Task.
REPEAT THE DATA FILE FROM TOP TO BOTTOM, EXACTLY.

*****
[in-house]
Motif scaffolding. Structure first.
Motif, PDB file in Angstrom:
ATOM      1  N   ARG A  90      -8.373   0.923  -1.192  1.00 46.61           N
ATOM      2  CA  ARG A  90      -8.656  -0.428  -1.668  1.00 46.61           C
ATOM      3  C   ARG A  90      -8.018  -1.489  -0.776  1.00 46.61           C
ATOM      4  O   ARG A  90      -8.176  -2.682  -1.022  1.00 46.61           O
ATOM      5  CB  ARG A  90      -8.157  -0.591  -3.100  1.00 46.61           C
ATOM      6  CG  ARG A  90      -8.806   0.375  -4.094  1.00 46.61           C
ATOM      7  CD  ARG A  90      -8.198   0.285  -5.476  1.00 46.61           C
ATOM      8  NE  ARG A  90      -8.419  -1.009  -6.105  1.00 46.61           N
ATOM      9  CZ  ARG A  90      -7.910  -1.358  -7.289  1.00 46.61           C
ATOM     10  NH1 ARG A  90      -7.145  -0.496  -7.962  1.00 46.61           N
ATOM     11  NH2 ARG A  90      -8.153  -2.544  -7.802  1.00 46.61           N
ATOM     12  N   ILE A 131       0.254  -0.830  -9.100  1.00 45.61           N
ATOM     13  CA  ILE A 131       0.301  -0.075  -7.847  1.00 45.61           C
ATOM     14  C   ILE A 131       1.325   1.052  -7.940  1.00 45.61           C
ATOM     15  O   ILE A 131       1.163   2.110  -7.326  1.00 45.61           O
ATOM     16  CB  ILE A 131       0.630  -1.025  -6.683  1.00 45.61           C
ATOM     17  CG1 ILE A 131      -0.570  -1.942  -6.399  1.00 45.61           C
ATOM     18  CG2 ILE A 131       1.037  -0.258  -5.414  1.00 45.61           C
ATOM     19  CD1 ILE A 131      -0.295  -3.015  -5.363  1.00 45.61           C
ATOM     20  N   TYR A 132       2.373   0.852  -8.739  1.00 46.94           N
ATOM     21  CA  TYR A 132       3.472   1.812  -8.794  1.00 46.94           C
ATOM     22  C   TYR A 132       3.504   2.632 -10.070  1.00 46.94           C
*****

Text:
[in-house]
Motif scaffolding. Structure first.
Motif, PDB file in Angstrom:
ATOM      1  N   ARG A  90      -8.373   0.923  -1.192  1.00 46.61           N
ATOM      2  CA  ARG A  90      -8.656  -0.428  -1.668  1.00 46.61           C
ATOM      3  C   ARG A  90      -8.018  -1.489  -0.776  1.00 46.61           C
ATOM      4  O   ARG A  90      -8.176  -2.682  -1.022  1.00 46.61           O
ATOM      5  CB  ARG A  90      -8.157  -0.591  -3.100  1.00 46.61           C
ATOM      6  CG  ARG A  90      -8.806   0.375  -4.094  1.00 46.61           C
ATOM      7  CD  ARG A  90      -8.198   0.285  -5.476  1.00 46.61           C
ATOM      8  NE  ARG A  90      -8.419  -1.009  -6.105  1.00 46.61           N
ATOM      9  CZ  ARG A  90      -7.910  -1.358  -7.289  1.00 46.61           C
ATOM     10  NH1 ARG A  90      -7.145  -0.496  -7.962  1.00 46.61           N
ATOM     11  NH2 ARG A  90      -8.153  -2.544  -7.802  1.00 46.61           N
ATOM     12  N   ILE A 131       0.254  -0.830  -9.100  1.00 45.61           N
ATOM     13  CA  ILE A 131       0.301  -0.075  -7.847  1.00 45.61           C
ATOM     14  C   ILE A 131       1.325   1.052  -7.940  1.00 45.61           C
ATOM     15  O   ILE A 131       1.163   2.110  -7.326  1.00 45.61           O
ATOM     16  CB  ILE A 131       0.630  -1.025  -6.683  1.00 45.61           C
ATOM     17  CG1 ILE A 131      -0.570  -1.942  -6.399  1.00 45.61           C
ATOM     18  CG2 ILE A 131       1.037  -0.258  -5.414  1.00 45.61           C
ATOM     19  CD1 ILE A 131      -0.295  -3.015  -5.363  1.00 45.61           C
ATOM     20  N   TYR A 132       2.373   0.852  -8.739  1.00 46.94           N
ATOM     21  CA  TYR A 132       3.472   1.812  -8.794  1.00 46.94           C
ATOM     22  C   TYR A 132       3.504   2.632 -10.070  1.00 46.94           C